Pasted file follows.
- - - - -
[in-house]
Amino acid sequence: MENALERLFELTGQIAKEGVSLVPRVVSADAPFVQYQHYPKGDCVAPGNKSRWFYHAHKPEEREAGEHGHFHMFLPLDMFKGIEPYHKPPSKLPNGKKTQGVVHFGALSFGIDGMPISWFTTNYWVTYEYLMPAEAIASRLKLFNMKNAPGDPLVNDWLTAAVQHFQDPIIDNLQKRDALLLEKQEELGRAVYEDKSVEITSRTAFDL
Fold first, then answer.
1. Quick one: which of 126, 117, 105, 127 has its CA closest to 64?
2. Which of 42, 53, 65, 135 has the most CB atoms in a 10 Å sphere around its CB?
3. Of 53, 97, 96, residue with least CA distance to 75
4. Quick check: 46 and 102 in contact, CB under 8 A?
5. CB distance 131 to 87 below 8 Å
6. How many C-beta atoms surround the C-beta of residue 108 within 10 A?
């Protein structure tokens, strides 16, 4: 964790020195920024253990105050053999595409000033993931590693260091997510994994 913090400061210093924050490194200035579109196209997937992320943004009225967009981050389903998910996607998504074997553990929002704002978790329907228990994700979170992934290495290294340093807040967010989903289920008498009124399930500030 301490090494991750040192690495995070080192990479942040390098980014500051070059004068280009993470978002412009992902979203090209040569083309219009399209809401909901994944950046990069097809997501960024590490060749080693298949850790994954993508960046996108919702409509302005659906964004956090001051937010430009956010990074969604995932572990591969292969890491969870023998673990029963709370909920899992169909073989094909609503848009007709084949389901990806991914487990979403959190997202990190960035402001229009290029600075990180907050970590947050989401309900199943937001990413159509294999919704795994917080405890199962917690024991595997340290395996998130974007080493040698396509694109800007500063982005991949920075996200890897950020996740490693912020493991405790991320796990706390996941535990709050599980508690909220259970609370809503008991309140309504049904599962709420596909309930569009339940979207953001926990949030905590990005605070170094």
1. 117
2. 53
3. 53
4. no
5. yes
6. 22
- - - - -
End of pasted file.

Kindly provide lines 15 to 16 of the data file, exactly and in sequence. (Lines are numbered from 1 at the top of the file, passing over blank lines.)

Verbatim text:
5. yes
6. 22